Tuesday Oct 27, 2009

September JFXStudio Challenge winner talks JavaFX with Reviews Interactive

Software architect Mark Nankman was the winner of the September JFXStudio challenge, which required developers to build an application with 30 or fewer lines of code in a single JavaFX file (30 lines as counted by actual lines, or 3,000 characters), with a 'time' theme.  Mark's Pacman clock application took first place and caught the attention of many because of the creativity and complexity demonstrated within the small file.  Mark has several years of experience in Java programming, and has recently turned his focus to Web 2.0 and RIA development, which is how he became interested in JavaFX.  He said he used to develop Adobe Flex front-ends to interact with Java back-ends, but didn't like the fact that it required 3 programming languages!  Turning to JavaFX Mark found that the programming language "makes developing maintainable rich web applications a lot easier."

When discussing Mark's winning Pacman clock application, he noted that it was relatively easy to build, and said he had a functioning product within 30 minutes of starting, stating that with JavaFX "you can do a lot with just a little code."  Mark said he needed to use just a few simple manipulations to keep the code within the 30-line limit, such as using compact SVGPaths, along with several other tricks he listed in his blog.  Overall, Mark noted that he as "amazed at just how powerful JavaFX is."  He reported only having to sacrifice one feature in his application -- the ability to dynamically resize the clock -- which he said simply couldn't be crammed into the 30-line application.

Read more of Mark's interview and listen to a podcast in Reviews Interactive.

Friday Oct 16, 2009

Student developer opinion on JavaFX

Student Views and Reviews recently conducted an e-mail interview with Abhishek Munie, a “long-time” user of the JavaFX programming language. Abhishek has been working with JavaFX since the 1.0 release in December 2008. Abhishek reported that he utilized the learning resources and samples available on JavaFX.com to learn the program. He made regular, steady progress in learning the language and was able to develop and submit a complete application for the JavaFX Coding Challenge which he said “was a great experience.”

While Abhishek said he is still exploring the new features in JavaFX 1.2, he reported that his favorite new tools are the javafx.scene.chart and javafx.scene.control. He also said “screen and javafx.util.math class has made my work easy, but I expected more features to be available in class javafx.stage.” When asked what he would like to add to JavaFX right now Abhishek said, “I would like to improve the way a JavaFX application is deployed and run, and make it faster.”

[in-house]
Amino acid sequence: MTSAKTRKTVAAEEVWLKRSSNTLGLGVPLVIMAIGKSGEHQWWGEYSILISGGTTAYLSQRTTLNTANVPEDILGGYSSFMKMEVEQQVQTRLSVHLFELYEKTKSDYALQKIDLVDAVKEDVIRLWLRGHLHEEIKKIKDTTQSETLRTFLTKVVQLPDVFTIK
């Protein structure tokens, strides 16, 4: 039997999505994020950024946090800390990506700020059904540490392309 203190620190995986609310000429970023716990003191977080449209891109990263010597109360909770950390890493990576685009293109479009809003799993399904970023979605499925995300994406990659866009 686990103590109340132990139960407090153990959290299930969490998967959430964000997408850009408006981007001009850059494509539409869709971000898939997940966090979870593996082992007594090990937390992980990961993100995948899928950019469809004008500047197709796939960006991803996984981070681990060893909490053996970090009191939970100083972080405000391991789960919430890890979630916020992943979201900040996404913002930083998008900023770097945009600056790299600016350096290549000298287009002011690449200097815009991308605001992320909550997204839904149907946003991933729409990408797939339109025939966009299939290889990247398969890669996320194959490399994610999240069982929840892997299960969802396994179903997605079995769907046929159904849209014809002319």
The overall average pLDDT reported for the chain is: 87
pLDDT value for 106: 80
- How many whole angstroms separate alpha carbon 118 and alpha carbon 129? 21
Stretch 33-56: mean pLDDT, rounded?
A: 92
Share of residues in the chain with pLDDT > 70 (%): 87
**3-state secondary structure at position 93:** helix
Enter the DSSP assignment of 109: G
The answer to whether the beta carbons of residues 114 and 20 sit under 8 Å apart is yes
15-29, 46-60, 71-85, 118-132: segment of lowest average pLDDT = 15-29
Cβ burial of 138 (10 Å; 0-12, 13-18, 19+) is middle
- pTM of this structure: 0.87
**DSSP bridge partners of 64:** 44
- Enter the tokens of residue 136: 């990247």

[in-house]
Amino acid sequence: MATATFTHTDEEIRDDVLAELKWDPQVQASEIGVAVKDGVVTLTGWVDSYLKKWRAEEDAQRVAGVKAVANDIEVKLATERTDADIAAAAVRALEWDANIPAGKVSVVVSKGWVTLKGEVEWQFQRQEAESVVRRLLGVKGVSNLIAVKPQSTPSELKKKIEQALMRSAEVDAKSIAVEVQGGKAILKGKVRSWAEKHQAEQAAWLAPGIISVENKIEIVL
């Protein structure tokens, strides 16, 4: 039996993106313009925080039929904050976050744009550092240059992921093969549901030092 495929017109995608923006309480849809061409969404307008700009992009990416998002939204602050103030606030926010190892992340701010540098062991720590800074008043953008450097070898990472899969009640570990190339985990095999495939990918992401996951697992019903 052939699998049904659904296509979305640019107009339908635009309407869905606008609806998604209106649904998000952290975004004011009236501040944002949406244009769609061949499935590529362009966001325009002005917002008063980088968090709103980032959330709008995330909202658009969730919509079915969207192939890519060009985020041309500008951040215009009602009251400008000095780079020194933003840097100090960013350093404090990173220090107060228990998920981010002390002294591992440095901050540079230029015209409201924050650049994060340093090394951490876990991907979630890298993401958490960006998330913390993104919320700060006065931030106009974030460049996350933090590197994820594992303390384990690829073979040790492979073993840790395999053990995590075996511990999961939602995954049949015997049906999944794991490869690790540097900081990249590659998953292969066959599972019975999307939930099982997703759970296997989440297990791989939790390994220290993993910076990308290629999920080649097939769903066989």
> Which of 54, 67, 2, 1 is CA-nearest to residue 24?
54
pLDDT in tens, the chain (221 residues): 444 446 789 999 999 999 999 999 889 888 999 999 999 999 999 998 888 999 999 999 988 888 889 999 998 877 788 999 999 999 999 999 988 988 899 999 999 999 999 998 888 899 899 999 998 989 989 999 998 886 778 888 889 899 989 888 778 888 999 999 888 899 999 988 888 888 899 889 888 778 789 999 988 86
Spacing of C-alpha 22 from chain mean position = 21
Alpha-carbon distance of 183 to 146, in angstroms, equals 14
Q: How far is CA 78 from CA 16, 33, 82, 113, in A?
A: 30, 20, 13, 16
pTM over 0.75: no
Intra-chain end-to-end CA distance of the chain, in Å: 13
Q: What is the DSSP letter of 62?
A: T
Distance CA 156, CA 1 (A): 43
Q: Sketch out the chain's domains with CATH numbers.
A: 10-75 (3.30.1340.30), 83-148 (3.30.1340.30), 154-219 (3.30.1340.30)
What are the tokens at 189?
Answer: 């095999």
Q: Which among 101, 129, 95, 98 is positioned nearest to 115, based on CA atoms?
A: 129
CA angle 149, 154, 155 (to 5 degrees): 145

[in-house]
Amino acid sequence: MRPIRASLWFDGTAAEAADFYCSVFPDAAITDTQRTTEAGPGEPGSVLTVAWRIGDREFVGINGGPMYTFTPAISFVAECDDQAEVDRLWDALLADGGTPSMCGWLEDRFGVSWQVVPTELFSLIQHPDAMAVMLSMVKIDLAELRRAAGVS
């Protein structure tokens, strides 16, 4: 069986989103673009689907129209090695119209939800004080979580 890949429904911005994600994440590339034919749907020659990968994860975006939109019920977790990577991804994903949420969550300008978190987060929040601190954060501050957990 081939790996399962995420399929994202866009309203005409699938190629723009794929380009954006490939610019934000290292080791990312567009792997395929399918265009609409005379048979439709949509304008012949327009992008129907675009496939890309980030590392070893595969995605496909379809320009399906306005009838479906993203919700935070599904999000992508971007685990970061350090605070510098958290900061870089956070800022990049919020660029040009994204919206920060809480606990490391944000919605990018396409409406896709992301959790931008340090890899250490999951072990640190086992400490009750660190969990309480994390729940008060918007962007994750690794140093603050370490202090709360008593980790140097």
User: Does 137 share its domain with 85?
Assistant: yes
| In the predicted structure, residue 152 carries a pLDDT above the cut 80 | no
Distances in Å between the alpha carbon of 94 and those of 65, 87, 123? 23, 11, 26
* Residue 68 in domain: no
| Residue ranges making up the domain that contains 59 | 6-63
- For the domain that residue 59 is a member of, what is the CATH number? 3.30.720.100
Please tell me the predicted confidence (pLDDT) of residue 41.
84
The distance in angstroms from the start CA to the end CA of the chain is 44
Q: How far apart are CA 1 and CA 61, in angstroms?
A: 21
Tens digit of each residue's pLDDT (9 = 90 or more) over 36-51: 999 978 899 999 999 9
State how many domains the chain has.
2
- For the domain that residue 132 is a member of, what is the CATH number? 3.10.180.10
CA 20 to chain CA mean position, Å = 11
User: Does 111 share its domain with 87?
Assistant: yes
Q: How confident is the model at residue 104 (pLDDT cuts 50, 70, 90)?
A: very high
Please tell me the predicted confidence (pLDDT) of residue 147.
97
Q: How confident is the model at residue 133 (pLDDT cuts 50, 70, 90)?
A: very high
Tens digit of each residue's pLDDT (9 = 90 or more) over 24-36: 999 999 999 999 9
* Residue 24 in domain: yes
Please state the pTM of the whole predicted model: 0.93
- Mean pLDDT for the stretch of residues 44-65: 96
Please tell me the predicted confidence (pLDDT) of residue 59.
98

Read more of Abhishek's interview in Student Views and Reviews.

Friday Oct 02, 2009

Interview with JavaFX developer Dean Iverson

Reviews Interactive recently chatted with JavaFX developer Dean Iverson. Dean has been writing software professionally for more than 15 years and is one of the co-authors of the recently released Pro JavaFX Platform book. Dean reported that he wrote his first lines of JavaFX code at JavaOne in 2007, and wrote his first JavaFX application in the summer of 2008 on the preview SDK. On the preview SDK Dean built a small Web service client for work that he reports “is still in use today.”

When asked what he liked the most about JavaFX, Dean had a lengthy list of favorites to include: the ability to bind to arbitrary expressions, the declarative syntax, the runtime's CSS-like syntax for styling applications, along with the ability to easily interface with Java code. Dean summed it up by saying: “Suffice it to say that JavaFX has a lot of advanced features, and for me personally it does all this in a way that makes sense. It fits my mind like a glove, so to speak.”

Read more of Dean's interview and listen to him talk about JavaFX with Chhandomay Mandal in Reviews Interactive.

Monday Sep 28, 2009

Chat with JavaFX student developer

Student Views and Reviews recently spoke with Mambo Banda, a 22-year-old software engineering student in his final year at Champlain College in Burlington, Vermont. Mambo began using JavaFX in September 2008, learning the language in his spare time. He noted that the primary source of information he used in learning JavaFX was the API documentation which he said “is great, it has lots of examples and detailed information.” Mambo said that to this day he still relies on a lot of online blogs to learn JavaFX, such as Jim Weaver's blog, which he noted can have “great JavaFX samples and tips.”

In response to a question asking what he liked most about JavaFX Mambo stated: “I like the whole idea, the whole platform for creating visual applications.” Mambo said he likes the fact that with JavaFX “you can be creative and productive from the moment you pick it up.” Mambo also pointed out that one of the reasons he was drawn to JavaFX was its ability to access Java easily which “allows you to use traditional programming methods without sacrificing anything. Java is a rich language with a lot of years invested in it and you get all that for free in JavaFX.”

Read more of Mambo's interview and listen to him talk about JavaFX with Maijaliisa Burkert in Student Views and Reviews.

Friday Sep 11, 2009

Sun News -- The Week in Review

Catch up on Sun news this week by listening to the short segment below as Chhandomay Mandal and Maijaliisa Burkert recap the JavaFX TV platform announcement from Amino Communications as well as the Sun MySQL Enterprise subscription update.


Friday Sep 04, 2009

Sun News -- The Week in Review

Listen to the short segment below as Chhandomay Mandal and Maijaliisa Burkert review what happened at Sun this week.


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